The pick: Florida 52, Ole Miss 20

No. 8 Auburn (-6.5) at Kentucky: Everyone and their momma is taking Kentucky and the points in this game, not to mention the number of people picking the outright upset. Is it bowl game fatigue? Is it Auburn’s losses on the defensive line? We don’t know. What we do know is that Chad Morris may be the best offensive coordinator in the country if Gus Malzahn lets him cook.

The pick: Auburn 35, Kentucky 24

BUYER BEWARE

No. 16 Tennessee (-3.5) at South Carolina: This is a “the barely proven head coach got a raise the week before playing the first game” pick. Plus, South Carolina finally has some actual structure on offense with the addition of Mike Bobo as offensive coordinator and a serviceable starter at quarterback in Collin Hill.

The pick: South Carolina 20, Tennessee 16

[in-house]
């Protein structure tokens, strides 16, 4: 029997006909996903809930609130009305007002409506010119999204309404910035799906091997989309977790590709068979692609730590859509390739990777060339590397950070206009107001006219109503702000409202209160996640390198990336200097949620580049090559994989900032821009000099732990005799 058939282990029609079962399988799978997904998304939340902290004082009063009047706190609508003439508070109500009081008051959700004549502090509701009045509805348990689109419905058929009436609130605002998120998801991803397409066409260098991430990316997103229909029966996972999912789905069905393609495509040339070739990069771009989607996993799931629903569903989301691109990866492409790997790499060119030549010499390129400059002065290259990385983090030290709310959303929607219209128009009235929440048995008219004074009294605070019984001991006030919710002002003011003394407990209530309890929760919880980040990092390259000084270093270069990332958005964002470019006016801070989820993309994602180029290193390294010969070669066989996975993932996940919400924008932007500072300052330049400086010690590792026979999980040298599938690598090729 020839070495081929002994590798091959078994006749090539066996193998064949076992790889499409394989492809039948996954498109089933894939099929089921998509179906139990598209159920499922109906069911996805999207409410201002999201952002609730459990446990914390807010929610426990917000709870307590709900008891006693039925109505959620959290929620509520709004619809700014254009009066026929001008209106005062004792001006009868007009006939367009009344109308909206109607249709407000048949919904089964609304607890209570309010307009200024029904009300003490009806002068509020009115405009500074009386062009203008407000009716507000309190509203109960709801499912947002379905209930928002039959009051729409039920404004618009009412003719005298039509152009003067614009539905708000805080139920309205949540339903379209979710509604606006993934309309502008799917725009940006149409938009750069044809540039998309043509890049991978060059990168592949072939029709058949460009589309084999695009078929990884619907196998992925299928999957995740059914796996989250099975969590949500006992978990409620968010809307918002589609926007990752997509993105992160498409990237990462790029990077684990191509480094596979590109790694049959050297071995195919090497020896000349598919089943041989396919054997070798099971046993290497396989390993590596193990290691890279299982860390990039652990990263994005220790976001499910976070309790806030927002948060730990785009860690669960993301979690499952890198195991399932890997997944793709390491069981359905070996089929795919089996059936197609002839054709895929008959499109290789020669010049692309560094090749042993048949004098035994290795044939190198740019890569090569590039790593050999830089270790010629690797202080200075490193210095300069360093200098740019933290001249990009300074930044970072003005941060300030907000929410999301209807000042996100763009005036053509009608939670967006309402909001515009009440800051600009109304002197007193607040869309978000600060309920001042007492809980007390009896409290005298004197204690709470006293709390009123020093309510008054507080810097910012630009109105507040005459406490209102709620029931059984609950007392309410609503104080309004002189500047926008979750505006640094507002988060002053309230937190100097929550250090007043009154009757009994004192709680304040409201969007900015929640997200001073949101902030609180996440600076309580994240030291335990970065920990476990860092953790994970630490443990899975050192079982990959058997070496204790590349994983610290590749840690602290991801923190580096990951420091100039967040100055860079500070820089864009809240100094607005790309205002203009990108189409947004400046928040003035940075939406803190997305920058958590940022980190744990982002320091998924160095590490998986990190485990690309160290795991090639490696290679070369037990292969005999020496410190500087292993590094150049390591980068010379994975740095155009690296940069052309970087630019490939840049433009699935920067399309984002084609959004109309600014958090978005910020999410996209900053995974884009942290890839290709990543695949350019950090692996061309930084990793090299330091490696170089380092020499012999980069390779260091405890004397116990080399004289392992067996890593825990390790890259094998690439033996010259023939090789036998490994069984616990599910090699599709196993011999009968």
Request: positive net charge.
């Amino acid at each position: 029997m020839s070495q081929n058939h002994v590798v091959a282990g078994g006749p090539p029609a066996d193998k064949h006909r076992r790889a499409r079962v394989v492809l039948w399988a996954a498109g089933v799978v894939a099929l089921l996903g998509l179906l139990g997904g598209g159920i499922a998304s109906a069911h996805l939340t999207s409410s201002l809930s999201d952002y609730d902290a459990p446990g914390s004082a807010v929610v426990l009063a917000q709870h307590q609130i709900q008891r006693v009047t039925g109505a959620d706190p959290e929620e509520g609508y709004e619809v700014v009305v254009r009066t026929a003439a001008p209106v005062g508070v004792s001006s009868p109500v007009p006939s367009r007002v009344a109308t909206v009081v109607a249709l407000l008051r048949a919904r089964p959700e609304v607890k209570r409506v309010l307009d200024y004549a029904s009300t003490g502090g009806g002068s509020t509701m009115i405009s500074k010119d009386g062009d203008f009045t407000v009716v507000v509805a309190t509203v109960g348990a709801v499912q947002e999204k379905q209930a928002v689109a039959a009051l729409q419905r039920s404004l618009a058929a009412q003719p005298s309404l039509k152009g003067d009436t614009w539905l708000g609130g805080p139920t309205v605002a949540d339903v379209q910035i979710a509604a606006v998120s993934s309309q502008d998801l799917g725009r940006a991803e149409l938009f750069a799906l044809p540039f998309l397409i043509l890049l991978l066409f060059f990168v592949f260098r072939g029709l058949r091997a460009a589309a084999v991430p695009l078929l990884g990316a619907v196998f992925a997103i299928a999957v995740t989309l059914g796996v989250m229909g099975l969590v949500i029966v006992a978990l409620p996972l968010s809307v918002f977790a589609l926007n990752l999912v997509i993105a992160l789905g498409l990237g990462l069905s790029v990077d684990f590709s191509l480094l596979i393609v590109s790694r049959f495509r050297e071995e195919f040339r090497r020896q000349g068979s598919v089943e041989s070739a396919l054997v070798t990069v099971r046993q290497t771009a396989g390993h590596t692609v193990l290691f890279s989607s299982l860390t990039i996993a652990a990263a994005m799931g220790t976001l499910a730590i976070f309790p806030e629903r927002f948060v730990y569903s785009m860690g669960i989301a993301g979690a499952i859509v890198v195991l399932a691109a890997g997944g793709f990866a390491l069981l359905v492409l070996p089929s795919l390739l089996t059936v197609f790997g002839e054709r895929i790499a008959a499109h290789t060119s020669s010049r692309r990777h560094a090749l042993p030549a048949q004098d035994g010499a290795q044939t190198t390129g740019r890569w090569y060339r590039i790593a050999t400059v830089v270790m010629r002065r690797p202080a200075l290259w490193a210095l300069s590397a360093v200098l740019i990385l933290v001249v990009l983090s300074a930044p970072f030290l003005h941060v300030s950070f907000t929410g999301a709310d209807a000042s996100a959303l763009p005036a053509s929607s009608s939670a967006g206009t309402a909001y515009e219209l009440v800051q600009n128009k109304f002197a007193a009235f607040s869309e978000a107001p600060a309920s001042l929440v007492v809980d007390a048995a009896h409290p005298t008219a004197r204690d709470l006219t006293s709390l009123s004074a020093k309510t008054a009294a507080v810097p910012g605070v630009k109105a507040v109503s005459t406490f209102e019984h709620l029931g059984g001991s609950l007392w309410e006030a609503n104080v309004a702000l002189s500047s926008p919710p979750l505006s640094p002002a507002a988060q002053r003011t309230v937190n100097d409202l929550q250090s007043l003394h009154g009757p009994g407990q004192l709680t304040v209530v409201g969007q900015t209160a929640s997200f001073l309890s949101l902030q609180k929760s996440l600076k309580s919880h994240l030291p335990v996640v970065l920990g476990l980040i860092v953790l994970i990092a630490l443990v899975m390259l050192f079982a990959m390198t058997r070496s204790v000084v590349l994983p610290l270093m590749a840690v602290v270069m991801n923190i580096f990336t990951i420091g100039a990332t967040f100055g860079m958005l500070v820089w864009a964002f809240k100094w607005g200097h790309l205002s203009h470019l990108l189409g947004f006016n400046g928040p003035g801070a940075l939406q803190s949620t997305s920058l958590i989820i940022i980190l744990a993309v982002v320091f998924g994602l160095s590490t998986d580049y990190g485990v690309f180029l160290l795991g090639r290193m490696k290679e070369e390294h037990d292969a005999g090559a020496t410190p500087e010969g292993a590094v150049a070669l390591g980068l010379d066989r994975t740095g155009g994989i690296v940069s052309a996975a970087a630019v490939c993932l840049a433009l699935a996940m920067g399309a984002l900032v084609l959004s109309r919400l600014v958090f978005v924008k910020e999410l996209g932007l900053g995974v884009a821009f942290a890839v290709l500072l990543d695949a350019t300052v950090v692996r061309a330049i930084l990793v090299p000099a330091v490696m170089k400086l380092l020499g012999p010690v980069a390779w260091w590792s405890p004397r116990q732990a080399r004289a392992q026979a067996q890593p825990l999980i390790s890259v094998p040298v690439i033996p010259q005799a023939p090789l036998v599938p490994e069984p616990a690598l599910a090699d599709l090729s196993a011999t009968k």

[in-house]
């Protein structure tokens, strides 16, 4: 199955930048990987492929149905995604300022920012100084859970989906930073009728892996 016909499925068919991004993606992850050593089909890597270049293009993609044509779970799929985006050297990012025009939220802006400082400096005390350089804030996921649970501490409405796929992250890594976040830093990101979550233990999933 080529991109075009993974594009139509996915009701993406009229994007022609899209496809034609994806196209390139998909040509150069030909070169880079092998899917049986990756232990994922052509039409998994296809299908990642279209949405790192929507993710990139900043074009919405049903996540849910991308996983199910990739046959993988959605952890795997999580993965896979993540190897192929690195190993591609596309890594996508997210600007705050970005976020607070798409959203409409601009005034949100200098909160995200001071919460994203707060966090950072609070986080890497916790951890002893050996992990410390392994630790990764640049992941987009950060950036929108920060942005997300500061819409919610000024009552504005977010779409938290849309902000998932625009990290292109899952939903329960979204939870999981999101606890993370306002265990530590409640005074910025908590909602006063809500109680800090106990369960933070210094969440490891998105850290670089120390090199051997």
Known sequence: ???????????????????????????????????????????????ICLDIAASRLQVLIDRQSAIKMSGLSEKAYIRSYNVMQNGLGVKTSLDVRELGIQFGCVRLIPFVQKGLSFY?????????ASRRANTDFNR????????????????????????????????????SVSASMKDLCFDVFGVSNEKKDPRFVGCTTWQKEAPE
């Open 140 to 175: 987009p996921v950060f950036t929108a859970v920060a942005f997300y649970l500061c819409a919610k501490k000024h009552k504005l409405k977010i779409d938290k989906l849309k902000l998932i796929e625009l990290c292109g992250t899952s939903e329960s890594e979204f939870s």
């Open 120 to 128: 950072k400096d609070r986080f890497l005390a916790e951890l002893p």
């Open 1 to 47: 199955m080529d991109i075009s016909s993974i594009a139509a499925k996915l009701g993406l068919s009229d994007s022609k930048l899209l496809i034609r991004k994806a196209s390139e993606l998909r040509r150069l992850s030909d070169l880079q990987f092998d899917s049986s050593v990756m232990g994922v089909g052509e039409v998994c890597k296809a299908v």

West Virginia at No. 15 Oklahoma State (-6.5): This pick breaks two important rules: 1) don’t make a pick because of a coach, and 2) be very wary of the heavily public side. Neal Brown is a rising star. Mike Gundy is something other than that. Neither team has played a game that matters yet, but they looked very different in their respective first weeks. Let’s join the crowd.

The pick: West Virginia 30, Oklahoma State 21

BONUS

Mississippi State at No. 6 LSU (-16.5): How can we not make a pick in the first-ever SEC game coached by two non-English speakers? All offseason we have heard people ponder about whether Mike Leach’s system will work in the SEC. Any system will work if you have good enough players. The Bulldogs currently do not. On the other hand, one can only imagine the carnage in Baton Rouge post-national championship. At least Coach O gave us this gem.

The pick: LSU 33, Mississippi State 16

Tim Howe is an owner of Yellowhammer Multimedia